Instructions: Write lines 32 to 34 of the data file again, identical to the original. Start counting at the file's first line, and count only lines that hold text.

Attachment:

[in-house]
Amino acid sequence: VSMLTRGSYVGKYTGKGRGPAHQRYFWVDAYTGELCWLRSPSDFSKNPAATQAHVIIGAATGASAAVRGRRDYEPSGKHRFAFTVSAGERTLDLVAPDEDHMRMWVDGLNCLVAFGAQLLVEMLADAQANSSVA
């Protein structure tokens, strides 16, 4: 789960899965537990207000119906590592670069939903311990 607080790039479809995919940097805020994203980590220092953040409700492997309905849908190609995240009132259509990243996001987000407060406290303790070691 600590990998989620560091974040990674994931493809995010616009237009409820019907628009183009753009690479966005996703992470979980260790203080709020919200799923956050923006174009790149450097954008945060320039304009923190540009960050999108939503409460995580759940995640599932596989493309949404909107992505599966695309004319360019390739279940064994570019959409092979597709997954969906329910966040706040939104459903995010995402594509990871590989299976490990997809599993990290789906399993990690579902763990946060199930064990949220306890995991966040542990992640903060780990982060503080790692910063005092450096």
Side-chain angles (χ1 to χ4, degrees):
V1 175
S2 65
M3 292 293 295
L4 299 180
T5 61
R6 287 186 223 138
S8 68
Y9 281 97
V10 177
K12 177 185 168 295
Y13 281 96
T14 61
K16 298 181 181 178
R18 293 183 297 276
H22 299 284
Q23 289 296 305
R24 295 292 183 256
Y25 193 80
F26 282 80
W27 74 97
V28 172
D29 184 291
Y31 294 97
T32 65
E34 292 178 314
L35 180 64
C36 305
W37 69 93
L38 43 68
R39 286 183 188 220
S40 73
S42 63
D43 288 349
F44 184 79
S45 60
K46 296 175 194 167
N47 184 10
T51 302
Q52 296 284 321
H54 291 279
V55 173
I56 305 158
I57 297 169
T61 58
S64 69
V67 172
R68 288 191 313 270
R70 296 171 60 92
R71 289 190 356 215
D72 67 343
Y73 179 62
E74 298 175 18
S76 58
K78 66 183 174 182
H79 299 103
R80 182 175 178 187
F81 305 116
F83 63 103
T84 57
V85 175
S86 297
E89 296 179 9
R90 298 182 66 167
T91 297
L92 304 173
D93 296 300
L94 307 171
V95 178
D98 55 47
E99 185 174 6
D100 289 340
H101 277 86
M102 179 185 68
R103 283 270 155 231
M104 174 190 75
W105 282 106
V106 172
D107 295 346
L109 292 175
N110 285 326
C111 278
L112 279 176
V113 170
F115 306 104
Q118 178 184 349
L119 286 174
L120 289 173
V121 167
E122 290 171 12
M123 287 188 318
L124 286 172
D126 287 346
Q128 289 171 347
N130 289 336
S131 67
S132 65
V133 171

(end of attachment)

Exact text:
W37 69 93
L38 43 68
R39 286 183 188 220